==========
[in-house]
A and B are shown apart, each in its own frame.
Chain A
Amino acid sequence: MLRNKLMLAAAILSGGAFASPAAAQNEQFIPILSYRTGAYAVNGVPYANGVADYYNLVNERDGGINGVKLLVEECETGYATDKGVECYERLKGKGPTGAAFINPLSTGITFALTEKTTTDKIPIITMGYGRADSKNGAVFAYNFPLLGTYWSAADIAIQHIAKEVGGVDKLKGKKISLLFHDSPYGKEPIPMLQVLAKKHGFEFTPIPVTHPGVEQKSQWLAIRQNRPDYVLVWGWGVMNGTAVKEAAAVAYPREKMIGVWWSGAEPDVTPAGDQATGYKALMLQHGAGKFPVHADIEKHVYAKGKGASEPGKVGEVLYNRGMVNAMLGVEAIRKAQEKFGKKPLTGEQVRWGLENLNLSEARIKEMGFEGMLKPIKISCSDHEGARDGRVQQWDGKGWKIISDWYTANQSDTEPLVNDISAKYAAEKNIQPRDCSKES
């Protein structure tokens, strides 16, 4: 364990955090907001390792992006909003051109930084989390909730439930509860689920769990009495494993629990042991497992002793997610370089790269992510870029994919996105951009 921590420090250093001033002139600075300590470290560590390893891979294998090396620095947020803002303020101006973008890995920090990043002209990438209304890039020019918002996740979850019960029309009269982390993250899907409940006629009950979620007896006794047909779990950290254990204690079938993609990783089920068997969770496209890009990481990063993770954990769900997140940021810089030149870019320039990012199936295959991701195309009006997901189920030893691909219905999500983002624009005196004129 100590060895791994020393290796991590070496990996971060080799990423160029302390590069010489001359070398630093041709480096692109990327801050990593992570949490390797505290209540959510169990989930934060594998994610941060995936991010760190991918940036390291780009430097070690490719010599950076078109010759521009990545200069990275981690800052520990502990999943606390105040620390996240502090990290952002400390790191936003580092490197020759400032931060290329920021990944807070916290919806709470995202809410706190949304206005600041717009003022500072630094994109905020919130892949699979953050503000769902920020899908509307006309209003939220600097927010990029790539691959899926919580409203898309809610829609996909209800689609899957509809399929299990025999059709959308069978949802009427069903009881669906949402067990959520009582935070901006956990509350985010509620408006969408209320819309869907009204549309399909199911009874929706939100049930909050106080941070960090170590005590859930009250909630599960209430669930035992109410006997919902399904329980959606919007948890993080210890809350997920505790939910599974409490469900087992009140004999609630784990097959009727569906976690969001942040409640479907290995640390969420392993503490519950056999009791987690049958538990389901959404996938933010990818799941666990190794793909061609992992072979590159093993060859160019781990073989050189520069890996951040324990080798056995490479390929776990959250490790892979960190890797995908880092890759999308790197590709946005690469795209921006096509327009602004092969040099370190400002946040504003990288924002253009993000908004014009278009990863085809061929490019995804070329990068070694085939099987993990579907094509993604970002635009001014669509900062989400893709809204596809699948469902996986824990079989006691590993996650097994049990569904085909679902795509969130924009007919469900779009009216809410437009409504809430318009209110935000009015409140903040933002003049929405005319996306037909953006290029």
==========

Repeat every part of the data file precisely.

[in-house]
A and B are shown apart, each in its own frame.
Chain A
Amino acid sequence: MLRNKLMLAAAILSGGAFASPAAAQNEQFIPILSYRTGAYAVNGVPYANGVADYYNLVNERDGGINGVKLLVEECETGYATDKGVECYERLKGKGPTGAAFINPLSTGITFALTEKTTTDKIPIITMGYGRADSKNGAVFAYNFPLLGTYWSAADIAIQHIAKEVGGVDKLKGKKISLLFHDSPYGKEPIPMLQVLAKKHGFEFTPIPVTHPGVEQKSQWLAIRQNRPDYVLVWGWGVMNGTAVKEAAAVAYPREKMIGVWWSGAEPDVTPAGDQATGYKALMLQHGAGKFPVHADIEKHVYAKGKGASEPGKVGEVLYNRGMVNAMLGVEAIRKAQEKFGKKPLTGEQVRWGLENLNLSEARIKEMGFEGMLKPIKISCSDHEGARDGRVQQWDGKGWKIISDWYTANQSDTEPLVNDISAKYAAEKNIQPRDCSKES
């Protein structure tokens, strides 16, 4: 364990955090907001390792992006909003051109930084989390909730439930509860689920769990009495494993629990042991497992002793997610370089790269992510870029994919996105951009 921590420090250093001033002139600075300590470290560590390893891979294998090396620095947020803002303020101006973008890995920090990043002209990438209304890039020019918002996740979850019960029309009269982390993250899907409940006629009950979620007896006794047909779990950290254990204690079938993609990783089920068997969770496209890009990481990063993770954990769900997140940021810089030149870019320039990012199936295959991701195309009006997901189920030893691909219905999500983002624009005196004129 100590060895791994020393290796991590070496990996971060080799990423160029302390590069010489001359070398630093041709480096692109990327801050990593992570949490390797505290209540959510169990989930934060594998994610941060995936991010760190991918940036390291780009430097070690490719010599950076078109010759521009990545200069990275981690800052520990502990999943606390105040620390996240502090990290952002400390790191936003580092490197020759400032931060290329920021990944807070916290919806709470995202809410706190949304206005600041717009003022500072630094994109905020919130892949699979953050503000769902920020899908509307006309209003939220600097927010990029790539691959899926919580409203898309809610829609996909209800689609899957509809399929299990025999059709959308069978949802009427069903009881669906949402067990959520009582935070901006956990509350985010509620408006969408209320819309869907009204549309399909199911009874929706939100049930909050106080941070960090170590005590859930009250909630599960209430669930035992109410006997919902399904329980959606919007948890993080210890809350997920505790939910599974409490469900087992009140004999609630784990097959009727569906976690969001942040409640479907290995640390969420392993503490519950056999009791987690049958538990389901959404996938933010990818799941666990190794793909061609992992072979590159093993060859160019781990073989050189520069890996951040324990080798056995490479390929776990959250490790892979960190890797995908880092890759999308790197590709946005690469795209921006096509327009602004092969040099370190400002946040504003990288924002253009993000908004014009278009990863085809061929490019995804070329990068070694085939099987993990579907094509993604970002635009001014669509900062989400893709809204596809699948469902996986824990079989006691590993996650097994049990569904085909679902795509969130924009007919469900779009009216809410437009409504809430318009209110935000009015409140903040933002003049929405005319996306037909953006290029």